Can marijuana help fight Alzheimer’s Disease?

alzheimer's disease

Illustration of losing brain function. SOURCE: Fotolia.

There are few conditions as terrifying as Alzheimer’s disease. When you have seen a loved one go through the slow, slipping away of their memories, their identity, and the recognition of the people they loved, the full impact of Alzheimer’s is hard to ignore. Still a cure continues to elude us. As the sixth leading cause of death in the US, affecting nearly half of those over the age of 85, the fight against Alzheimer’s is something that touches almost everyone, whether directly or through a loved one. While Alzheimer’s currently has no cure, research suggests cannabis and cannabinoids might aid in its treatment and prevention.

In a recently published study in Nature Medicine, researchers looked at the cognitive effects of THC in older mice and found that a low-dose regimen of THC reversed age-related cognitive decline. The research consisted of multiple cognitive tests – how well mice remembered their way out of a maze or to an object, as well as how well they recognized other mice. Older mice (aged 12 months) in the control groups performed worse than younger mice (aged two months) on all measures. However, in a surprising twist, when older mice were given THC, they were able to match the performance of young mice in the control group. While THC intake slowed the performance of younger mice, it brought older mice back to the cognitive abilities of their youth, greatly aiding their performance in the cognitive tests.

there are several mechanisms by which cannabinoids can help delay Alzheimer’s onset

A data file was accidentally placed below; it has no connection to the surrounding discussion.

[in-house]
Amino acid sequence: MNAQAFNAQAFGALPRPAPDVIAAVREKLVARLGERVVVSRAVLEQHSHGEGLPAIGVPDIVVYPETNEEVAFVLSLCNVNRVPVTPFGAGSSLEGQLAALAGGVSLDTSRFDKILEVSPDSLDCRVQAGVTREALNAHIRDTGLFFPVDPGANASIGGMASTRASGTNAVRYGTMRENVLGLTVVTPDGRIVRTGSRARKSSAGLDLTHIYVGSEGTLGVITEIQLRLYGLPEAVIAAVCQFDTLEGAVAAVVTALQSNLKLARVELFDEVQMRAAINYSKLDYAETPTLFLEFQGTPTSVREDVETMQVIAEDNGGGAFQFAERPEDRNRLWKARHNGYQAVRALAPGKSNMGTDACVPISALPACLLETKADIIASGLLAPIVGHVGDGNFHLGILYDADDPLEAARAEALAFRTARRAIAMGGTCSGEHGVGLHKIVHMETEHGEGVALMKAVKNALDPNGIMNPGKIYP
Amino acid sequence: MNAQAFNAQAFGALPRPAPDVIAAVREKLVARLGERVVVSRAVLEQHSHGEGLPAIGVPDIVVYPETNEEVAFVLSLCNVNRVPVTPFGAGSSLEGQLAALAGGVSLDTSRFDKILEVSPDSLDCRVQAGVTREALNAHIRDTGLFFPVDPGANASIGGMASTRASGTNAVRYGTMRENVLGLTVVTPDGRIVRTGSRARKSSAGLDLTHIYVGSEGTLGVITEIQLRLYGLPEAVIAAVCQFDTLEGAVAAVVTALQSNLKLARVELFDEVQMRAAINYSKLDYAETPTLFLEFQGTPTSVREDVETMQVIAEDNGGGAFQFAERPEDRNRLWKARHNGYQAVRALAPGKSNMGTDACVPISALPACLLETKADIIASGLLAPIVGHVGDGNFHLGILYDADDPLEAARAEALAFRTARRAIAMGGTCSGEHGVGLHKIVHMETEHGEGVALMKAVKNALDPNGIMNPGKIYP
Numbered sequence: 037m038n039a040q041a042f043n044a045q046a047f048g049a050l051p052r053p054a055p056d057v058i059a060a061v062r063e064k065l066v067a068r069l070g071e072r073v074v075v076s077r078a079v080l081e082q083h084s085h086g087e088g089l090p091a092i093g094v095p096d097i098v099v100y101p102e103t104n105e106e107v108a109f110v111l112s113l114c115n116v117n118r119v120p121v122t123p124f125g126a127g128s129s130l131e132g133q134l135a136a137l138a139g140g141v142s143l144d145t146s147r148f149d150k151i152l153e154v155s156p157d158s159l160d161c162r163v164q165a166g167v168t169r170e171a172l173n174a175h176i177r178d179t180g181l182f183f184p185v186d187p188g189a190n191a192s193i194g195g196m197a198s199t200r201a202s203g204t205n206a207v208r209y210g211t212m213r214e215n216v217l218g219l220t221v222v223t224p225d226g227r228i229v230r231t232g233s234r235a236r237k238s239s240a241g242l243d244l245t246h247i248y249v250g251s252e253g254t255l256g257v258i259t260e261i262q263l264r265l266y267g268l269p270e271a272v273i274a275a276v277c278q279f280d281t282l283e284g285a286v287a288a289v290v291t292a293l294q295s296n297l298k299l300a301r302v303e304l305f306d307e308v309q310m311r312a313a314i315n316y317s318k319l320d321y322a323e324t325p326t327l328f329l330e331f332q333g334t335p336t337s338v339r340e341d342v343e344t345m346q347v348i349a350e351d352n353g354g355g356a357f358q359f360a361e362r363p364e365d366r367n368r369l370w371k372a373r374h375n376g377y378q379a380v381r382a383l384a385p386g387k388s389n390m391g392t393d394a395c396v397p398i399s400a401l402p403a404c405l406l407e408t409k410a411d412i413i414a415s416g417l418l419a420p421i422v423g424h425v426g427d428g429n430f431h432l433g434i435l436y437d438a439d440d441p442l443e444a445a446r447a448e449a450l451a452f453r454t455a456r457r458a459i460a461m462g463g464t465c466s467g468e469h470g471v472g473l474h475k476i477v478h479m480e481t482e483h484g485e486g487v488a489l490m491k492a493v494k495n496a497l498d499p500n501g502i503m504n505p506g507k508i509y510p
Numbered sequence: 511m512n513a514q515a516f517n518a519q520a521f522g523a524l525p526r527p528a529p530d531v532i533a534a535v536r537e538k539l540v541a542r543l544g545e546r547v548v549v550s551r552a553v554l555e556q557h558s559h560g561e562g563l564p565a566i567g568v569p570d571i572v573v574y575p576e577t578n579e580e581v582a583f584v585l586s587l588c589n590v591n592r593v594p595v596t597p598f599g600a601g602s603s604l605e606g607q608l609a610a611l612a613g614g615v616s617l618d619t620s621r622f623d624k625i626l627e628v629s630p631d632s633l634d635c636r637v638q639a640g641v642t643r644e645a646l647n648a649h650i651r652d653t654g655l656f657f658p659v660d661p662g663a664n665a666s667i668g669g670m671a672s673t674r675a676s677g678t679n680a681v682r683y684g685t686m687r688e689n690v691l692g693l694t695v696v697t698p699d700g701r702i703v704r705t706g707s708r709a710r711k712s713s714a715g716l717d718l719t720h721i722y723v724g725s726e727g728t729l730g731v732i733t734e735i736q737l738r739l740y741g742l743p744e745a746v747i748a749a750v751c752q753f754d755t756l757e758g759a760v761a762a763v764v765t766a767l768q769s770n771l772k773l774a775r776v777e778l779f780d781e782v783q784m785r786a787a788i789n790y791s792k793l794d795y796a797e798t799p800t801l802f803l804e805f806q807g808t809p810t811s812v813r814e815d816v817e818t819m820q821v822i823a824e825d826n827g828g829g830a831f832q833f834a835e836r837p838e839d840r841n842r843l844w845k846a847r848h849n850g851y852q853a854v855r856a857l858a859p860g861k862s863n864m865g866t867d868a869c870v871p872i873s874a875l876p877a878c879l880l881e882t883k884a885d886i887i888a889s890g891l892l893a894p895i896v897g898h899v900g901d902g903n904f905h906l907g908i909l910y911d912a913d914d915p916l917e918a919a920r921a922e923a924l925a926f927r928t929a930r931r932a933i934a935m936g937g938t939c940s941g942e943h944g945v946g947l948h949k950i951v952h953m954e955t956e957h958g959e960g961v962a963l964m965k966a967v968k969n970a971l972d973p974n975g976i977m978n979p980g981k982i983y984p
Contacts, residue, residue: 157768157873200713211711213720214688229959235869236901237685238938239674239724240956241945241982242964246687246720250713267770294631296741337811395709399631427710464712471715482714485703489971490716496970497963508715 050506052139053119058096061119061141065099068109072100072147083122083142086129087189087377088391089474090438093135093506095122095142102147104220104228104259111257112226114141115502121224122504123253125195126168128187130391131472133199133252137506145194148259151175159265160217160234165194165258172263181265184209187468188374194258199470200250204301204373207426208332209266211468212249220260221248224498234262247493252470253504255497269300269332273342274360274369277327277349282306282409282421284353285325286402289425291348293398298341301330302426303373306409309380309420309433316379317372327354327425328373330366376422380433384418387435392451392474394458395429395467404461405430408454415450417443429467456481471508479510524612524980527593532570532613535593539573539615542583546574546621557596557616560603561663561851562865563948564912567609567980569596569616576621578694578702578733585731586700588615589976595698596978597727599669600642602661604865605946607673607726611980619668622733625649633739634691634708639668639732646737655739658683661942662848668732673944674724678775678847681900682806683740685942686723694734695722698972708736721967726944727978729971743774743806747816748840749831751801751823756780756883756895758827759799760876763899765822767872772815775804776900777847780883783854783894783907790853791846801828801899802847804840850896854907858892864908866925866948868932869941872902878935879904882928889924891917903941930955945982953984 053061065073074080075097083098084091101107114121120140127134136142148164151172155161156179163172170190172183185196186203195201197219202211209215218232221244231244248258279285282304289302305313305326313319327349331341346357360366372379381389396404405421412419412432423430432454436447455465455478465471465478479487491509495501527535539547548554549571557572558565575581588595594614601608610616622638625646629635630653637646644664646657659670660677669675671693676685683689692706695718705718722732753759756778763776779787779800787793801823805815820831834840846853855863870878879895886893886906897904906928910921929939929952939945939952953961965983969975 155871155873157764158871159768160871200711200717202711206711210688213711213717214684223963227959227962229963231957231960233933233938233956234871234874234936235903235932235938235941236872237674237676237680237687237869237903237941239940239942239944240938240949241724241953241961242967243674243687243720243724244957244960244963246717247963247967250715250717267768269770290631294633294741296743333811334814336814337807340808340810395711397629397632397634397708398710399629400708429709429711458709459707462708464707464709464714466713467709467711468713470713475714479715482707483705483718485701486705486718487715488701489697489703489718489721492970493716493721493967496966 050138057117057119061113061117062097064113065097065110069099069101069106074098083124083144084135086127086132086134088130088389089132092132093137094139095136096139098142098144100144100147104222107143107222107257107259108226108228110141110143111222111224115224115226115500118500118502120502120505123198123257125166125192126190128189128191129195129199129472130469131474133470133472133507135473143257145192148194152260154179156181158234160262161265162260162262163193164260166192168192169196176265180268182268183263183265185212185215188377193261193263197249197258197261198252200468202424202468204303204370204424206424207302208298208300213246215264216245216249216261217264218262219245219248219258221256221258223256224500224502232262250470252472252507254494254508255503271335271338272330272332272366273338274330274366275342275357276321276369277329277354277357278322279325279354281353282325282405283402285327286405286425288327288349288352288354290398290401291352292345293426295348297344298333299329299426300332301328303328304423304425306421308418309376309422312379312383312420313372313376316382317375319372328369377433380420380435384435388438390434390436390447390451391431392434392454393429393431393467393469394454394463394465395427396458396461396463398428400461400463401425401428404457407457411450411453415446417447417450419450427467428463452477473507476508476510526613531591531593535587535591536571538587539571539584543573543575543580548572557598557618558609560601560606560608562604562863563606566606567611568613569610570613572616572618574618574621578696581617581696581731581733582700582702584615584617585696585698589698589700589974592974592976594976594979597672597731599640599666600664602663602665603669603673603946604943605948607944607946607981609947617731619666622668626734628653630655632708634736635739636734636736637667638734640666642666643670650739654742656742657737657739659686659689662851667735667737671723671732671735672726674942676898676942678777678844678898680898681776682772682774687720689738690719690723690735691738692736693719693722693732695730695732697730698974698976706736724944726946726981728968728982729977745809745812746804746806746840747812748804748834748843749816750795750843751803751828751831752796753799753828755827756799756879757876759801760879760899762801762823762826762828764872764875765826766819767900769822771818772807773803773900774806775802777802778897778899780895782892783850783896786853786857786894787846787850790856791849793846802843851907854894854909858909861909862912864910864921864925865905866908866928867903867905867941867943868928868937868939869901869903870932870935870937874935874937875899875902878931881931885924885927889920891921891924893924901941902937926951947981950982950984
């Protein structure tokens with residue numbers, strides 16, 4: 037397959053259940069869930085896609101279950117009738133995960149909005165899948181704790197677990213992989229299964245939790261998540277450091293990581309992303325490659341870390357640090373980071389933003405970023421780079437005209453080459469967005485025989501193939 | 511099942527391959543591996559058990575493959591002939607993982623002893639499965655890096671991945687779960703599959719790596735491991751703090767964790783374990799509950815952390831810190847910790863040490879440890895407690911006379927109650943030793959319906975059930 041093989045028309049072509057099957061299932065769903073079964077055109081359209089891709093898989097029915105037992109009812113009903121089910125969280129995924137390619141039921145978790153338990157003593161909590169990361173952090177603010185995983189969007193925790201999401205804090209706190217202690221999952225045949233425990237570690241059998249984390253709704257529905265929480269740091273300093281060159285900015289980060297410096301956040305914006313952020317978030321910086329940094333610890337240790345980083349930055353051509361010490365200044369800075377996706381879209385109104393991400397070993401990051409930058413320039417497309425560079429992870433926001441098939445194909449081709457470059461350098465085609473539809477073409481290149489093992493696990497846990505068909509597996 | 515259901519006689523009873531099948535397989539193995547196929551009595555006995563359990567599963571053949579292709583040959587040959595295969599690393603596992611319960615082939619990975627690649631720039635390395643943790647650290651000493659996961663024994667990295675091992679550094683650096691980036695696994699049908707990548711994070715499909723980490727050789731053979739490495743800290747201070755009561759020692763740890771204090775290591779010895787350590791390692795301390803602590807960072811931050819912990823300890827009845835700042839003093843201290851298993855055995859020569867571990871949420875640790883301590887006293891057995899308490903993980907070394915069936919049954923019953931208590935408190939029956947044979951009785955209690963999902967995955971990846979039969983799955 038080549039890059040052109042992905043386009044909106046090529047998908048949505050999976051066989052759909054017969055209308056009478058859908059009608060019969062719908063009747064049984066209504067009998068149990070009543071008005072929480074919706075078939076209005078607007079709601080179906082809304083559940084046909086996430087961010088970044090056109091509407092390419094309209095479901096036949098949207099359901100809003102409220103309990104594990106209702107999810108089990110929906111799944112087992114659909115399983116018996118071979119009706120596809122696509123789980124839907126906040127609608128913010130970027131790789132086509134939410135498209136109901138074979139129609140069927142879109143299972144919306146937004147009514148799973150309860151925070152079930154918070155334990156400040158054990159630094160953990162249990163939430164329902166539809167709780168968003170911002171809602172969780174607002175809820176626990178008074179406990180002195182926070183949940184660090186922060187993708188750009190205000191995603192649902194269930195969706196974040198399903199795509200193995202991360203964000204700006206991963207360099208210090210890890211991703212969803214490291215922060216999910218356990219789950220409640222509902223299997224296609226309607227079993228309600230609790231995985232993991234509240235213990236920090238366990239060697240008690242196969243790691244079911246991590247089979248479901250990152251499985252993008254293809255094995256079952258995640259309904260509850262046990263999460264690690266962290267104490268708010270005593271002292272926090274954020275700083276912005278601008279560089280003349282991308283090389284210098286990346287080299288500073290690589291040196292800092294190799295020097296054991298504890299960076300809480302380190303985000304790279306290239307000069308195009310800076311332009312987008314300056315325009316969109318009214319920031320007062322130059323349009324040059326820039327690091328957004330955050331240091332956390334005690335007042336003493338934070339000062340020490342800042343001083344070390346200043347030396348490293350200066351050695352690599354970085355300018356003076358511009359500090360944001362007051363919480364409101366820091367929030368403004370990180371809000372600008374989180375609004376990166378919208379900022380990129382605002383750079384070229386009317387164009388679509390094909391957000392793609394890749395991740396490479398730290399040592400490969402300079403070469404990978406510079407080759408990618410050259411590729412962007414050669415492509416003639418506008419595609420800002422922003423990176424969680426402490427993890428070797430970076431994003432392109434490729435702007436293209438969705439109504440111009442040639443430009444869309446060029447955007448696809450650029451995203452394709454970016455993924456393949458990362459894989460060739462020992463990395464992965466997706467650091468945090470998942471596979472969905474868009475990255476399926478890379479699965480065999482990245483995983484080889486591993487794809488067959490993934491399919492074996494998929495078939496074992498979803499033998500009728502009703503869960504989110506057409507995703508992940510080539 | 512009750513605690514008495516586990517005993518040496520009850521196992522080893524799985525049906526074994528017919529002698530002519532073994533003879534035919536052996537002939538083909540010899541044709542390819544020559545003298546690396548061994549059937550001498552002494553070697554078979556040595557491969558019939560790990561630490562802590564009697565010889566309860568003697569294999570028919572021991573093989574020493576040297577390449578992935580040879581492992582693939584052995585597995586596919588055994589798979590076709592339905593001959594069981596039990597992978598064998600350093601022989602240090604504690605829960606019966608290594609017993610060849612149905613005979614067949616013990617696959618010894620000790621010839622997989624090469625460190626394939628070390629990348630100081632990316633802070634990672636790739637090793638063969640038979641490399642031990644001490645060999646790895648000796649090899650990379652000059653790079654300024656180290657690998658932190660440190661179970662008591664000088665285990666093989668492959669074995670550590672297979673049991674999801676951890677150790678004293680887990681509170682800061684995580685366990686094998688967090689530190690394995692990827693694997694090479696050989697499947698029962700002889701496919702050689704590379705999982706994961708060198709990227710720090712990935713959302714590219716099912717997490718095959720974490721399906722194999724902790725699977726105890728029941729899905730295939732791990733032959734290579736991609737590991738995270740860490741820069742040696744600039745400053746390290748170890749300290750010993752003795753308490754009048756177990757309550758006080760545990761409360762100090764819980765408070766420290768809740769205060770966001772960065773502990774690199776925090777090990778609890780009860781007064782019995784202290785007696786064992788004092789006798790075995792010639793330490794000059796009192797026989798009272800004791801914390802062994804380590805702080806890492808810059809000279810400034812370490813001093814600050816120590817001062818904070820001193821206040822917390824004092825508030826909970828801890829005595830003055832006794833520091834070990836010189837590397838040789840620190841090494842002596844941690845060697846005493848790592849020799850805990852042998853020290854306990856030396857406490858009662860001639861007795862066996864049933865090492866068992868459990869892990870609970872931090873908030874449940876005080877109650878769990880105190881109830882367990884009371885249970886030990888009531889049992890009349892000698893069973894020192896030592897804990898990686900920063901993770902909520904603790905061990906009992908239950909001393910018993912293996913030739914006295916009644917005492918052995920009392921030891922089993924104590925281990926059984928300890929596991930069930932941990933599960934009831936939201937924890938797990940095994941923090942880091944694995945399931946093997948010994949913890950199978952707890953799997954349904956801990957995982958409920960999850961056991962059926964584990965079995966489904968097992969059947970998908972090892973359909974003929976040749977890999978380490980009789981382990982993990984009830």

Researchers also reported that the THC treatment actually altered the hippocampal gene transcription patterns of older THC-treated mice so that they closely resembled those of young THC-free mice. While researchers caution that these results may not carry over to human studies, they provide a strong motivation to start clinical studies on humans. If we were to see these results in humans, it could mean an extra five to ten years of living with full cognitive function.

This isn’t the first time researchers have considered cannabis as a potential alzheimer’s treatment. Other animal studies have shown promising results, and researchers believe there are several mechanisms by which cannabinoids can help delay the onset of Alzheimer’s.

The endocannabinoid system was only discovered in the 1990’s, but scientists are quickly learning that it is crucial to bio-regulation and cell signaling. This system’s activity declines with age, and some researchers believe this may be a cause of the cognitive changes we see with aging. Introducing cannabinoids activates the endocannabinoid system, and thus may be particularly well-suited to help older animals and humans keep their minds sharp.

While the underlying causes of Alzheimer’s disease aren’t fully understood, researchers have also reported cannabis can help reverse certain correlates of the disease, such as high amyloid-beta levels, plaque build-up, excitotoxicity, mitochondrial dysfunction, and neuroinflammation.

The research supporting cannabis’ efficacy against cognitive decline in animal models is strong, but legal restrictions on cannabis has make it difficult to perform similar studies on humans. Still some, like Gary Wenk (a long-time Alzheimer’s and cannabis researcher), point to trends amongst cannabis users avoiding Alzheimer’s. Wenk found that many of his older patients without Alzheimer’s had reported using cannabis in middle age. Still, Wenk’s research, like much cannabis research in the US, has stalled due to legal restrictions.

Researchers have hope that cannabis could greatly aid in the fight against Alzheimer’s, but human clinical trials are the next step to understanding its role. Still, as long as cannabis remains a schedule 1 controlled substance, it is nearly impossible to get a human study approved. Unfortunately for researchers, Alzheimer’s patients and their loved ones – this potentially life-saving research may have to wait.

[Emily Earlenbaugh is a cannabis patient consultant and wellness researcher. She is the author of the online course ‘The Mindful Guide to Cannabis’ and has a doctorate in philosophy of science from UC Davis.]